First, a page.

The practice of becoming a duke was very common in Ancient China, marquis and marquesses too. The masses had always been divided into four classes: Scholars, Peasants, Artisans, and Merchants/traders - in that order.
Later, when graded into ten classes from most superior downwards, the practice of bowing before ones betters became the norm. Over the centuries, provinces gained in importance as centres of political and economic authority and increasingly became the focus of regional identification and loyalty.
The dukes took power from their luxury loving nobles on the basis that the country needed unifying. the Warring states period evidenced that. China’s first great era of disunity, known as the Warring States Period. Within the ideology of legalism, a monarch should seek to acquire as much political power as possible and apply strict laws to dominate all of society. Not surprisingly, this became unpleasant to live under and the dukes took action.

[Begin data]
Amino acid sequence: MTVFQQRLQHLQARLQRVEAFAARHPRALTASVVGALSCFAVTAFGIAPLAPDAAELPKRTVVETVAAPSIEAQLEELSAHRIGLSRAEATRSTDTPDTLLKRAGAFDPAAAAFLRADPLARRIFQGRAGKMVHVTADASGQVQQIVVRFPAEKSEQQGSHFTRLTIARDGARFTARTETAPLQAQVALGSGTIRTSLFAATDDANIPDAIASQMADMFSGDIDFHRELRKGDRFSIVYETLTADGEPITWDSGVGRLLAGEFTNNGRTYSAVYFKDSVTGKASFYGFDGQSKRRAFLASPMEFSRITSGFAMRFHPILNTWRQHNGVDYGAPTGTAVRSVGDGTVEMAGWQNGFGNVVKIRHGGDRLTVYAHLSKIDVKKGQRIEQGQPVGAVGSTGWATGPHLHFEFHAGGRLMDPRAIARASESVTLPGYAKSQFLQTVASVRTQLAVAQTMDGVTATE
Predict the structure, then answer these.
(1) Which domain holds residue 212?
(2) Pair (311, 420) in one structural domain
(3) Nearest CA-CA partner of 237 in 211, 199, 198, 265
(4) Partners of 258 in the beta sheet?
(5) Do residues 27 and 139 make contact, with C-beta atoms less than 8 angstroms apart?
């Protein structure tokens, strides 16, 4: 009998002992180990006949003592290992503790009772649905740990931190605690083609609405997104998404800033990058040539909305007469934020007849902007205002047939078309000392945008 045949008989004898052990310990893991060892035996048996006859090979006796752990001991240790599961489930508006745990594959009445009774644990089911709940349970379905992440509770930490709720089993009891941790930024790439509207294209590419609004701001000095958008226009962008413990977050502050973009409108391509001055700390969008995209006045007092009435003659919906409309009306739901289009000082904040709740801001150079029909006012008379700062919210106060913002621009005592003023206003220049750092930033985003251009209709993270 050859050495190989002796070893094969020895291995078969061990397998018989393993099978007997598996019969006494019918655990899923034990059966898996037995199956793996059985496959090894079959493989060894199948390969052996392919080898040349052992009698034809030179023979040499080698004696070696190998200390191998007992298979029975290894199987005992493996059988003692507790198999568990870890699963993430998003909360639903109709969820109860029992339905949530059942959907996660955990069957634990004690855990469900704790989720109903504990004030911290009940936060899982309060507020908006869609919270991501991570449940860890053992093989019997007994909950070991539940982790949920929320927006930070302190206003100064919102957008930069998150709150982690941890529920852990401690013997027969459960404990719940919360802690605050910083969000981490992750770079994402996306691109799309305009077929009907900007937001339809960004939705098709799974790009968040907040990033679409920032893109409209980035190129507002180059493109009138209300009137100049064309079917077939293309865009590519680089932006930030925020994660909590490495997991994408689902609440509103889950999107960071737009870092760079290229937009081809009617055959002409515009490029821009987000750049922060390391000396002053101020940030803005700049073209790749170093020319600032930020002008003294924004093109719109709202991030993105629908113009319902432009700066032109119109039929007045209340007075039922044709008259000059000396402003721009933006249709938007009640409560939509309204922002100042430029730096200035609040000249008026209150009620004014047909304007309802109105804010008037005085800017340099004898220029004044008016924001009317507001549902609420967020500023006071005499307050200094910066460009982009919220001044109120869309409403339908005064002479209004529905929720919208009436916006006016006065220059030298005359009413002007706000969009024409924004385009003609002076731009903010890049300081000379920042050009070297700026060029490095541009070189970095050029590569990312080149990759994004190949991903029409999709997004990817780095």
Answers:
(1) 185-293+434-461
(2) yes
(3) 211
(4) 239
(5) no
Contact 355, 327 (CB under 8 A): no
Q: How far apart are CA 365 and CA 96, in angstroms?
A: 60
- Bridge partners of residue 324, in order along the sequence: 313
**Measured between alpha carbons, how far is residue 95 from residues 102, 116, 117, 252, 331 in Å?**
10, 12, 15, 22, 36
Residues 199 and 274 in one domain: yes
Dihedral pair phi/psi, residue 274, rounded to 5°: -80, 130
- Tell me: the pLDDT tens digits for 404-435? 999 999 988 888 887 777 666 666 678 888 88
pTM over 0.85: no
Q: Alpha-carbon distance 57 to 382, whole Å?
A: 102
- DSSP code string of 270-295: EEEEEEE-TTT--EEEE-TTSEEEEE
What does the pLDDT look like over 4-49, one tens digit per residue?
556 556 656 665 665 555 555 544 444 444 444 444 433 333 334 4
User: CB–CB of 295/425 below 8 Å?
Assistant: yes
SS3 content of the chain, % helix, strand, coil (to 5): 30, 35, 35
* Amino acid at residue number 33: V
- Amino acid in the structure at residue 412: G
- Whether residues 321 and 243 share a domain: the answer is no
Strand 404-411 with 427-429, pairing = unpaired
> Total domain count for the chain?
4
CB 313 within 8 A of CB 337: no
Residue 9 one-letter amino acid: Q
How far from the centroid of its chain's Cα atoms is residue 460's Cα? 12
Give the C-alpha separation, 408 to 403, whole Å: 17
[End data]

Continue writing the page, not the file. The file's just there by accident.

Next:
The regional Dukes gain de facto regional autonomy by taking power from his nobles and centralizing the state. Centralization became necessary as the states began to war among themselves and decentralization encourage more war.
When a dukedom was centralized, the shi would find employment as government officials, they could move from one state to another.When the Zhou dynasty was established, the conquered land was divided into hereditary fiefs that eventually became powerful on their own right. In matters of inheritance, the Zhou dynasty only recognized the patrilineal primogeniture as legal.